You can safely bet that the Transatlantic Partnership Agreement (TPA) will not feature as much in the forthcoming European elections as the extradition of illegal immigrants or the (alleged) teaching of “gender theory” in French schools. The TPA will affect 800 million affluent people and almost half the world’s wealth (1). The European Commission is negotiating this free trade agreement with Washington on behalf of the EU’s 28 member states, and the European parliament elected this May will be expected to ratify it. Nothing is settled as yet, but on 11 February the French president François Hollande, during his state visit to Washington, proposed to speed things up, saying: “We have everything to gain by moving quickly. Otherwise, as we know all too well, there will be a build-up of fears, threats and tensions.”
Everything to gain by moving quickly? The reverse is true. On this issue, it’s important to put a brake on neoliberalisation, and the industrial lobbies (US and European) behind it. Especially as European MPs do not know the terms of the EU Commissioners’ negotiating mandate, while the EU’s business strategy (if it has one, apart from laissez-faire) is no secret for the US National Security Agency (NSA) (2). Such dissimulation, even mild, rarely bodes well: there is a danger that the rapid advance of free trade and Atlanticism may force Europeans to import meat containing hormones, genetically modified corn and chickens dipped in chlorine. And it may prevent Americans from favouring their own producers (the “Buy American Act”) when they use public funds to combat unemployment.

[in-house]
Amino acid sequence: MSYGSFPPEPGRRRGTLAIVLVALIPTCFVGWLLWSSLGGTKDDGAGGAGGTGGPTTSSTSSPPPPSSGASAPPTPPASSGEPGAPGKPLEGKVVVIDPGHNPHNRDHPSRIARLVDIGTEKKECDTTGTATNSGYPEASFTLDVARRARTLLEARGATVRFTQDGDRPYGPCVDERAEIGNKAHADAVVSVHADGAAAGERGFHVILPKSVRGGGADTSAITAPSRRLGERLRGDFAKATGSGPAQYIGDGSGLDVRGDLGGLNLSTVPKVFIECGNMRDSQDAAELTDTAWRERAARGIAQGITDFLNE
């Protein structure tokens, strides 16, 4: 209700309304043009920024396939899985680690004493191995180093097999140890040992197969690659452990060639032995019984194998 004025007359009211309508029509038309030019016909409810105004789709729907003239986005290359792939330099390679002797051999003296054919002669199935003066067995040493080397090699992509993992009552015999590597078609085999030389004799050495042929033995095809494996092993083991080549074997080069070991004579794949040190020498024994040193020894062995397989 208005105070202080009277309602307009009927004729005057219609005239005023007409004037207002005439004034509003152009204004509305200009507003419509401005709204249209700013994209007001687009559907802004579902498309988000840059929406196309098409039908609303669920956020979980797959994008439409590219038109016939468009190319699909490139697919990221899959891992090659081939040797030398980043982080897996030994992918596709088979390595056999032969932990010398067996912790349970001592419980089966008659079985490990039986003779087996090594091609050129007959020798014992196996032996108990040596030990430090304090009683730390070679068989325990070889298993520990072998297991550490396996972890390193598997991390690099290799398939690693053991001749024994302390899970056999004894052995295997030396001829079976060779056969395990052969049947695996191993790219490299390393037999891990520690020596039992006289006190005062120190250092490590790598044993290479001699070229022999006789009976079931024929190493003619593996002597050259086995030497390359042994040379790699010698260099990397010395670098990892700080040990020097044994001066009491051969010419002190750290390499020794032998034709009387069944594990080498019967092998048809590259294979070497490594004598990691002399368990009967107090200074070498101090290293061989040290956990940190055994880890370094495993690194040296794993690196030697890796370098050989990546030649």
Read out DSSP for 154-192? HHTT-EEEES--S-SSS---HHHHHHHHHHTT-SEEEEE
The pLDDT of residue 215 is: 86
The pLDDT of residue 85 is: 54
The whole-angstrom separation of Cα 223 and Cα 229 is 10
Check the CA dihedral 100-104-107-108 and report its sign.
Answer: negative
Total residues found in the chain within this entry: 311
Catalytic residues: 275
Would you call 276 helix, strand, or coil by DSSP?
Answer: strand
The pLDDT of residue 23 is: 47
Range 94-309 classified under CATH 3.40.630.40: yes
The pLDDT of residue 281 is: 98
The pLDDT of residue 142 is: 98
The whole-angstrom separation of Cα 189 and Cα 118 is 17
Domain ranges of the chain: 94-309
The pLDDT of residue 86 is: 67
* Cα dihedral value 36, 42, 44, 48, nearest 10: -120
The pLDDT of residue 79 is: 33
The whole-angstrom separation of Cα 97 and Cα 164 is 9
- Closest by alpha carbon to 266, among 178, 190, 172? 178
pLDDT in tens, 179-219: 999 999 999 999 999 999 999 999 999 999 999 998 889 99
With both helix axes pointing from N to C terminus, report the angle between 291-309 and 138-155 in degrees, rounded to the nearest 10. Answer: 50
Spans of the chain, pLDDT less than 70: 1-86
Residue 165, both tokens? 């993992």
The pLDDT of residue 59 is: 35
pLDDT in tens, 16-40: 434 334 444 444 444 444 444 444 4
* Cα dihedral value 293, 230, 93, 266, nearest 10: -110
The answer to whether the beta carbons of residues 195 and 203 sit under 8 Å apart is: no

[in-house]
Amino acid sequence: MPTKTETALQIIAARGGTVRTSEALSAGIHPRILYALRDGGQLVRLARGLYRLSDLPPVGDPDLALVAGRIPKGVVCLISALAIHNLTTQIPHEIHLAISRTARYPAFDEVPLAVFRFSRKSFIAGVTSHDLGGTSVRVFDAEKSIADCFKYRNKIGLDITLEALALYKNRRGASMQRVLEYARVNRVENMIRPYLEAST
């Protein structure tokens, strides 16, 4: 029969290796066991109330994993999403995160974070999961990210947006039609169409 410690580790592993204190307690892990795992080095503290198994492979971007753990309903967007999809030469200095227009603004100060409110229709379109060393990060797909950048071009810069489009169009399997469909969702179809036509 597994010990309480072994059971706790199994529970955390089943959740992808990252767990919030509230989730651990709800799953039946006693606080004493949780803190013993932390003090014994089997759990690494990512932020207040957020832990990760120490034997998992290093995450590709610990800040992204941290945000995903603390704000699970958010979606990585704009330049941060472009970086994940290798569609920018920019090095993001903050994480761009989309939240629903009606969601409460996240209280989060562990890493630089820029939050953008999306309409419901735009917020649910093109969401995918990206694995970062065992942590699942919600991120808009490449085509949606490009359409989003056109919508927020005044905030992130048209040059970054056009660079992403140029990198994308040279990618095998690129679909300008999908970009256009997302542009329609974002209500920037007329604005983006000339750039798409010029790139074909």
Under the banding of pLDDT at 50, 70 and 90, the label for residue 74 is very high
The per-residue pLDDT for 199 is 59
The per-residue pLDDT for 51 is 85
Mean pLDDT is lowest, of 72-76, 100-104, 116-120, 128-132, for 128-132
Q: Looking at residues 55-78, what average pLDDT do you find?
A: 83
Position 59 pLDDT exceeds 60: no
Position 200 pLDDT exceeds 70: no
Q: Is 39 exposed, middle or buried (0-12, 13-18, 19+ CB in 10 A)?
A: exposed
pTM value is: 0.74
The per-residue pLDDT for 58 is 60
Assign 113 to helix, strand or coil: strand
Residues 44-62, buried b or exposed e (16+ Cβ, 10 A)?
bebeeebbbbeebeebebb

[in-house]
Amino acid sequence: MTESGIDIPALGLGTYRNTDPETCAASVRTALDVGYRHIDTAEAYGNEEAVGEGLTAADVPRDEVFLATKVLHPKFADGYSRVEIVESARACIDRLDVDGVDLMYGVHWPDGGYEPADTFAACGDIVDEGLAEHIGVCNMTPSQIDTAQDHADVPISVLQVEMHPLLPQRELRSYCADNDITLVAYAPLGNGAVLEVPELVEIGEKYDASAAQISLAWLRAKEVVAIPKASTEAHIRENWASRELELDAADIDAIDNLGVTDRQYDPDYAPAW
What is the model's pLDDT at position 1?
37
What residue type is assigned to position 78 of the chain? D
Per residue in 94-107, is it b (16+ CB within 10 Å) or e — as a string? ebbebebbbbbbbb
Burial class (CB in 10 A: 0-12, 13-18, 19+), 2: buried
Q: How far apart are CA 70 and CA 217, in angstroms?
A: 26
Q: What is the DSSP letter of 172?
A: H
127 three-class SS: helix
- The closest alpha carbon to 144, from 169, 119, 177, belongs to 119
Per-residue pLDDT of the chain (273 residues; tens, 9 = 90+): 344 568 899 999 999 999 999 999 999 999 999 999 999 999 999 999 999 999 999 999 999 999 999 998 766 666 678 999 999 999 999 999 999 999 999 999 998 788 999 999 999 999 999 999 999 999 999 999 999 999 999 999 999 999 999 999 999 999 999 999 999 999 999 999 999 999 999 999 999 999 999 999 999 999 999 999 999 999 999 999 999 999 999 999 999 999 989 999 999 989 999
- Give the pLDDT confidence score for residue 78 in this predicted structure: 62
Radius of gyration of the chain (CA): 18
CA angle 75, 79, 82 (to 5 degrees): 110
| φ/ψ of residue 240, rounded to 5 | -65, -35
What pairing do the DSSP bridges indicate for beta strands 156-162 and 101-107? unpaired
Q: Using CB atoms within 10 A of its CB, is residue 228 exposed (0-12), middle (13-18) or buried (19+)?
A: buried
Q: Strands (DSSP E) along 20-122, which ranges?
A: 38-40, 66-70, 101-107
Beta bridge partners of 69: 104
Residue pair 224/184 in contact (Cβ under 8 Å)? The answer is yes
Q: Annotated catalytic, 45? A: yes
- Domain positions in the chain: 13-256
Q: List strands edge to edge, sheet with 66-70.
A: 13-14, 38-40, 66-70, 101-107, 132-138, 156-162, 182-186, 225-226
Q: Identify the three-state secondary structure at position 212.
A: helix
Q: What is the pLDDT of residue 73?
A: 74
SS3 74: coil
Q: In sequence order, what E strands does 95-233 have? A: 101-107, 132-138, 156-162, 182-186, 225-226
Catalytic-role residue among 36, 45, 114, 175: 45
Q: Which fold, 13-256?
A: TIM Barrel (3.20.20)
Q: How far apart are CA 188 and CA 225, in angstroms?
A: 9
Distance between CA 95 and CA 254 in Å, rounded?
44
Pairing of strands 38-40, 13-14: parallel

The reason given to justify the agreement is employment. But supporters of the TPA, encouraged by “studies” often funded by lobbies, have more to say about the jobs created by exports than those lost through imports (or through the over-valued euro). The economist Jean-Luc Gréau notes that every neoliberal breakthrough in the past 25 years — the common market, the single currency, the transatlantic market — was defended on the grounds that it would reduce unemployment. A 1988 report (Défi 1992) announced “we were supposed to have 5m or 6m more jobs, thanks to the common market. But once it was established, Europe, plagued by recession, lost between 3m and 4m jobs” (3).
The Multinational Agreement on Investment (MAI), devised by and for the multinationals, was shredded in 1998 when public opinion was mobilised against it (4). The TPA, which repeats some of its most damaging ideas, needs to go the same way.